“Investing in women’s career development and opportunities leads to greater success for T-Mobile,” Kapner says. “Our mission is to empower all women and allies to lead, grow and use their voices to eliminate any gender gap and ensure an equitable workplace for everyone.”
The Making of a Mindset
“When it was the Women’s Leadership Forum, it was something informally created to help get more women into leadership roles,” says Christina Weber, a senior manager in T-Mobile for Business and former chair of WLN. “When it became the Women’s Leadership Network ... we used the tagline ‘Lead From Every Chair’ because the mindset we wanted to promote was that you are a leader, no matter your title. It’s not just about getting a seat at the table, it’s about what you do once you are there, and how you choose to show up every day.”
The message resonated with Weber, who says the goal was to increase awareness and grow the ERG. And it did, from around 5,000 to 12,000 in 2016.
With an increase in membership, the next goal was to increase engagement. Board members, DE&I chapters and committee members all began to organize programs that targeted specific issues impeding members from reaching their full potential.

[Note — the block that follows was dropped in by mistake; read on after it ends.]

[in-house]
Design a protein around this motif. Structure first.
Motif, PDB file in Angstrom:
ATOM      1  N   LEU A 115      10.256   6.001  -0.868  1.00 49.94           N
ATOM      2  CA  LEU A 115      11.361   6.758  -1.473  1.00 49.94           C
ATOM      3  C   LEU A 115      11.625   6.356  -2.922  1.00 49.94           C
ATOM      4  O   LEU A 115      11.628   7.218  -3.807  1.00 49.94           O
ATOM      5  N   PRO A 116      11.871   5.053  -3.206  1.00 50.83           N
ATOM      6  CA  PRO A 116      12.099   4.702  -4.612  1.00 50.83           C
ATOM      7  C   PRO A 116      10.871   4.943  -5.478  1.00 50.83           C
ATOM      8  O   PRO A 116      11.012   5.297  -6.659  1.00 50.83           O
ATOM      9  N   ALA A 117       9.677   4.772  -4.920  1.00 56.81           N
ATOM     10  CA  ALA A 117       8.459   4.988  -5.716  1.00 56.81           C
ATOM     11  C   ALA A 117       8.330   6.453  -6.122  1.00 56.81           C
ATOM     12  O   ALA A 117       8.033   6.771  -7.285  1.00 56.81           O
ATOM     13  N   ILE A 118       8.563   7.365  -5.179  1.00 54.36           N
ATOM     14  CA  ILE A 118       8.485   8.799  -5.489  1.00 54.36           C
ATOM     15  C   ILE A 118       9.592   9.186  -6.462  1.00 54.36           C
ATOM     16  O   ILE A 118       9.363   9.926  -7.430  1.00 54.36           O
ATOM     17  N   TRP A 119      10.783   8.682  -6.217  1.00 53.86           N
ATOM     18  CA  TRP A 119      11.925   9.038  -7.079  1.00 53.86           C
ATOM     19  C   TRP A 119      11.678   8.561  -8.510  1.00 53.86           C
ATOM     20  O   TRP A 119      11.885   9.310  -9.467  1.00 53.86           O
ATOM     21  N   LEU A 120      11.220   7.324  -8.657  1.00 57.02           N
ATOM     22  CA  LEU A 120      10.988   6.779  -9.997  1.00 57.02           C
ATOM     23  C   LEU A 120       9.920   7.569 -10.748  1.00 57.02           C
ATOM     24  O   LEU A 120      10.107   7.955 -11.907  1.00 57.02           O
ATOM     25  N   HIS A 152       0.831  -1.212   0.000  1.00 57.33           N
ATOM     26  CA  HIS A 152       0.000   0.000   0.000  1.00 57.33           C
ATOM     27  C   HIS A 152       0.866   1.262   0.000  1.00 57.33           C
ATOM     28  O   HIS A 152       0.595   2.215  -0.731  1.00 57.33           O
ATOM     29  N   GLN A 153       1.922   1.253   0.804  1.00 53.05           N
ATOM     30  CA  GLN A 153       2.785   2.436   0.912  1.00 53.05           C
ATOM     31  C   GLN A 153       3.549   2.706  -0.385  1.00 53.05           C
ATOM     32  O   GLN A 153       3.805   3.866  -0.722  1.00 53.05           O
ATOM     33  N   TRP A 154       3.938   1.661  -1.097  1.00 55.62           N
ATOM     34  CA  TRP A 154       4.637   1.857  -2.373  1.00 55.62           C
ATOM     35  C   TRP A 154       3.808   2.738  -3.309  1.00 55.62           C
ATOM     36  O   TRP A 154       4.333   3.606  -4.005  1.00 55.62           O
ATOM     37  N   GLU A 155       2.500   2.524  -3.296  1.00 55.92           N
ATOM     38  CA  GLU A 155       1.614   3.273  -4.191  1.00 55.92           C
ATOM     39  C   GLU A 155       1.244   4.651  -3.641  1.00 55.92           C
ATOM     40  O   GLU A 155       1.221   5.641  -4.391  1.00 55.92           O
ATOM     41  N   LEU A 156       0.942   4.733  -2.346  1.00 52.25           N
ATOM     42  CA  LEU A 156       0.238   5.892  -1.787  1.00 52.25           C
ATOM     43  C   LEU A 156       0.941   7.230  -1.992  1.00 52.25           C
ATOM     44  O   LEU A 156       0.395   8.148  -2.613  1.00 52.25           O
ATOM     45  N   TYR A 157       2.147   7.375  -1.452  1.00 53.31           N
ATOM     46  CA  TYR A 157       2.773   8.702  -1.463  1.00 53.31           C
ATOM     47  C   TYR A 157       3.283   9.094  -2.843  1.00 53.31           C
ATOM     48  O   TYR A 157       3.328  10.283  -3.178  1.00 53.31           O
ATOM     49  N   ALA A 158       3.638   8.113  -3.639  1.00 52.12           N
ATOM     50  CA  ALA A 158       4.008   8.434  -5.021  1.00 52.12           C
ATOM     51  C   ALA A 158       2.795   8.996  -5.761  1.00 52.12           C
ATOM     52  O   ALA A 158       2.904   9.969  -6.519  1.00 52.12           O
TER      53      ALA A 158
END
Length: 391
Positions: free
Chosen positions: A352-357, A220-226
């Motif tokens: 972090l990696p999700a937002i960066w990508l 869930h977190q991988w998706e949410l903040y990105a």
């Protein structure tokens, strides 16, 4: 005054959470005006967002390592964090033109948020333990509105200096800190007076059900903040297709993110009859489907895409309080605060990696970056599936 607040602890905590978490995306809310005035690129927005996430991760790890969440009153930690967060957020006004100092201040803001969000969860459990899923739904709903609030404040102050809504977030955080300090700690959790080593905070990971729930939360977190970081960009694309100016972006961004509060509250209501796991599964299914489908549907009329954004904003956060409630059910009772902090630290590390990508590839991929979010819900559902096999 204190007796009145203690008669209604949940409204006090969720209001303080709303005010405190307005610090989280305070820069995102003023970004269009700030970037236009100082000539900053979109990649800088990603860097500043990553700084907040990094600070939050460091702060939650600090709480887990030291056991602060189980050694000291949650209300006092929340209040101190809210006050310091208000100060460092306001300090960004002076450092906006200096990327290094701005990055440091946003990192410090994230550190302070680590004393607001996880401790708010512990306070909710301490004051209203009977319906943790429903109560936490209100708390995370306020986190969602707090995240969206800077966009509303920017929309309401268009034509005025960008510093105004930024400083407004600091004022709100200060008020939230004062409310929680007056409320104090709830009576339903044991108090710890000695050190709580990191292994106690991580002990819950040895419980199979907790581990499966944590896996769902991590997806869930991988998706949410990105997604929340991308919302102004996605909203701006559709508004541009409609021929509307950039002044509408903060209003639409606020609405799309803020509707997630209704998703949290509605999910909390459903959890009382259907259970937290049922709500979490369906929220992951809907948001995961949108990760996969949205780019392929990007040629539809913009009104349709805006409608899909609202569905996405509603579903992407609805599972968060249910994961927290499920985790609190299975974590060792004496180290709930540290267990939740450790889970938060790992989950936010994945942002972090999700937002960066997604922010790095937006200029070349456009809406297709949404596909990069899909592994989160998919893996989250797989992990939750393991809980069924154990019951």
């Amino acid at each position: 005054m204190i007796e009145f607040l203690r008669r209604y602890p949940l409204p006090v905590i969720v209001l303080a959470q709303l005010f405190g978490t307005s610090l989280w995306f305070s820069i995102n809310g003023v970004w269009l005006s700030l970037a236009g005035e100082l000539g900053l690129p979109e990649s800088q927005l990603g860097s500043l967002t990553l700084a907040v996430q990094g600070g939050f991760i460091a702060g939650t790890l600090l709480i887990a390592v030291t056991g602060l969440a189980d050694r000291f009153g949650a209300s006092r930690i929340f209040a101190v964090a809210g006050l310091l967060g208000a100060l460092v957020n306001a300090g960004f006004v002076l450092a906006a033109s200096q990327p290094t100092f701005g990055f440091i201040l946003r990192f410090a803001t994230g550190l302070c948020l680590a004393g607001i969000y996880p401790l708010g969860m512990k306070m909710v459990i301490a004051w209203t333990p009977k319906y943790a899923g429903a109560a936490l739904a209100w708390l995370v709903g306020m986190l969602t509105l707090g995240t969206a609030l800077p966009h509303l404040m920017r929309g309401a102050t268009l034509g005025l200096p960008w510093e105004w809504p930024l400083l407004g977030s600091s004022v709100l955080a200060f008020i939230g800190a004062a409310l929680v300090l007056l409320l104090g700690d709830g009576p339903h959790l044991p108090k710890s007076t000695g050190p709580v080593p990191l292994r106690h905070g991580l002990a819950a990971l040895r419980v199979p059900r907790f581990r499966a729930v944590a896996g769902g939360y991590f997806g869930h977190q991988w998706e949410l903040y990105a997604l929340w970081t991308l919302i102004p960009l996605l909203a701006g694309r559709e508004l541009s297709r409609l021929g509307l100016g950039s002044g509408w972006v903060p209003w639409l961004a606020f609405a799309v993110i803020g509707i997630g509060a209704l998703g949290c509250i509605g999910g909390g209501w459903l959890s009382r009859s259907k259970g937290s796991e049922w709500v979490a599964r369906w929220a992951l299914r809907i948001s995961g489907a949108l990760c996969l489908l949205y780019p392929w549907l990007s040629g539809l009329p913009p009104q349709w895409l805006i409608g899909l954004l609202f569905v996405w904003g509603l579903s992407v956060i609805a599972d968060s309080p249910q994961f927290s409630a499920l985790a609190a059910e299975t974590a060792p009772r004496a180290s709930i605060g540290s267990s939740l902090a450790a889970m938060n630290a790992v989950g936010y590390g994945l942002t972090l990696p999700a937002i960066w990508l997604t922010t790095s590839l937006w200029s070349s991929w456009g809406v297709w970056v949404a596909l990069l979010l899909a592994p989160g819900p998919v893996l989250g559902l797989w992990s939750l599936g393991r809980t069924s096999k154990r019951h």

“We launched the Women’s Summit and Lean In Circles, and amplified the Women in Technology subgroup, while also publishing a monthly newsletter,” Weber says. “They were opportunities to bring a wider audience together ... to hear inspirational stories from outside speakers and also hear from our executives about their path to leadership, lessons learned and how they are supporting women in the workplace.”
That messaging continues to evolve today with new initiatives and the expansion of established programs. WAN Connections is a safe space for women and allies to share experiences, learn new skills and act on important topics. There’s also Intersections, a recurring event that invites speakers to highlight the importance of the intersectional experiences of its members as women, including women of color or women within the LGBTQ+ community.